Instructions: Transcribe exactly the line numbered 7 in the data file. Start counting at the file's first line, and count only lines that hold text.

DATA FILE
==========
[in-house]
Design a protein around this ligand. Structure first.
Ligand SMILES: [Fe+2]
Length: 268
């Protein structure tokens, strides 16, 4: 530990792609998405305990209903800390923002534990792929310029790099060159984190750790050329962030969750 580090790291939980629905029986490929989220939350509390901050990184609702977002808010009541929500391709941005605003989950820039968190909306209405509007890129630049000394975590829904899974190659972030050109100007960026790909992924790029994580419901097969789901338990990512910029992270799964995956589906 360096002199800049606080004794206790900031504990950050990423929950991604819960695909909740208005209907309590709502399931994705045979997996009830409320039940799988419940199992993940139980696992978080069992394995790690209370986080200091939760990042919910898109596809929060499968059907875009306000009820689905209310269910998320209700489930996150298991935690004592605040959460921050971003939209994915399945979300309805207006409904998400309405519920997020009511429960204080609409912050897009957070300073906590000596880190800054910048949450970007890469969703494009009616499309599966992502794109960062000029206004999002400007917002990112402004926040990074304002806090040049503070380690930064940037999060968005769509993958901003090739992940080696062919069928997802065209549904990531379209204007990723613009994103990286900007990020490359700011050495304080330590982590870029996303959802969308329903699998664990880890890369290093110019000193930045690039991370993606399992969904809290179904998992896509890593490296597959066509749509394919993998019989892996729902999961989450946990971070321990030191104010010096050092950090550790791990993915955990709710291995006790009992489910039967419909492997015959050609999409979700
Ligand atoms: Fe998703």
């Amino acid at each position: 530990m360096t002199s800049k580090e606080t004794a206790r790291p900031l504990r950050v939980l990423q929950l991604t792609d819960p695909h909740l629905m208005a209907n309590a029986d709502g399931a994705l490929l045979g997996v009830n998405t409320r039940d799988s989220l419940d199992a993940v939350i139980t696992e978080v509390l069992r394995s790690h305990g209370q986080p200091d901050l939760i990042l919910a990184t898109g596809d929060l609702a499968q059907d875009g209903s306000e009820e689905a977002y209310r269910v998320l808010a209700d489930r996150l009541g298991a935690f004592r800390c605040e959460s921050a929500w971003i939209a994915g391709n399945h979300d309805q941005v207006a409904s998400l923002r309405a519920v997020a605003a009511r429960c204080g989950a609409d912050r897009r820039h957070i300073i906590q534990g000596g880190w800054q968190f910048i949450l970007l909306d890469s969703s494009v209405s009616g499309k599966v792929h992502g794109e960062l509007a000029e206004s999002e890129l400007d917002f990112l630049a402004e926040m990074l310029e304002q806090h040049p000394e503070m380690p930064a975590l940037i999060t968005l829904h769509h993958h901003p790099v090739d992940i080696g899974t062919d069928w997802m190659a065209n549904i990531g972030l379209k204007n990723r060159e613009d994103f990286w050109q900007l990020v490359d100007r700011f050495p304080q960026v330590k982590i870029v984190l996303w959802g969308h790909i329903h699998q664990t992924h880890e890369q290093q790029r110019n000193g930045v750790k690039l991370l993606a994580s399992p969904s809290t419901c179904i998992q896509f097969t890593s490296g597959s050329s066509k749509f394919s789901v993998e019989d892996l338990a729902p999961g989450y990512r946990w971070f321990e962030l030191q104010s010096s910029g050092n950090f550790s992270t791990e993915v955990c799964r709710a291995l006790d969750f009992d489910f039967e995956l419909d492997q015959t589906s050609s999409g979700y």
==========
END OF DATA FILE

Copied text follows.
């Amino acid at each position: 530990m360096t002199s800049k580090e606080t004794a206790r790291p900031l504990r950050v939980l990423q929950l991604t792609d819960p695909h909740l629905m208005a209907n309590a029986d709502g399931a994705l490929l045979g997996v009830n998405t409320r039940d799988s989220l419940d199992a993940v939350i139980t696992e978080v509390l069992r394995s790690h305990g209370q986080p200091d901050l939760i990042l919910a990184t898109g596809d929060l609702a499968q059907d875009g209903s306000e009820e689905a977002y209310r269910v998320l808010a209700d489930r996150l009541g298991a935690f004592r800390c605040e959460s921050a929500w971003i939209a994915g391709n399945h979300d309805q941005v207006a409904s998400l923002r309405a519920v997020a605003a009511r429960c204080g989950a609409d912050r897009r820039h957070i300073i906590q534990g000596g880190w800054q968190f910048i949450l970007l909306d890469s969703s494009v209405s009616g499309k599966v792929h992502g794109e960062l509007a000029e206004s999002e890129l400007d917002f990112l630049a402004e926040m990074l310029e304002q806090h040049p000394e503070m380690p930064a975590l940037i999060t968005l829904h769509h993958h901003p790099v090739d992940i080696g899974t062919d069928w997802m190659a065209n549904i990531g972030l379209k204007n990723r060159e613009d994103f990286w050109q900007l990020v490359d100007r700011f050495p304080q960026v330590k982590i870029v984190l996303w959802g969308h790909i329903h699998q664990t992924h880890e890369q290093q790029r110019n000193g930045v750790k690039l991370l993606a994580s399992p969904s809290t419901c179904i998992q896509f097969t890593s490296g597959s050329s066509k749509f394919s789901v993998e019989d892996l338990a729902p999961g989450y990512r946990w971070f321990e962030l030191q104010s010096s910029g050092n950090f550790s992270t791990e993915v955990c799964r709710a291995l006790d969750f009992d489910f039967e995956l419909d492997q015959t589906s050609s999409g979700y």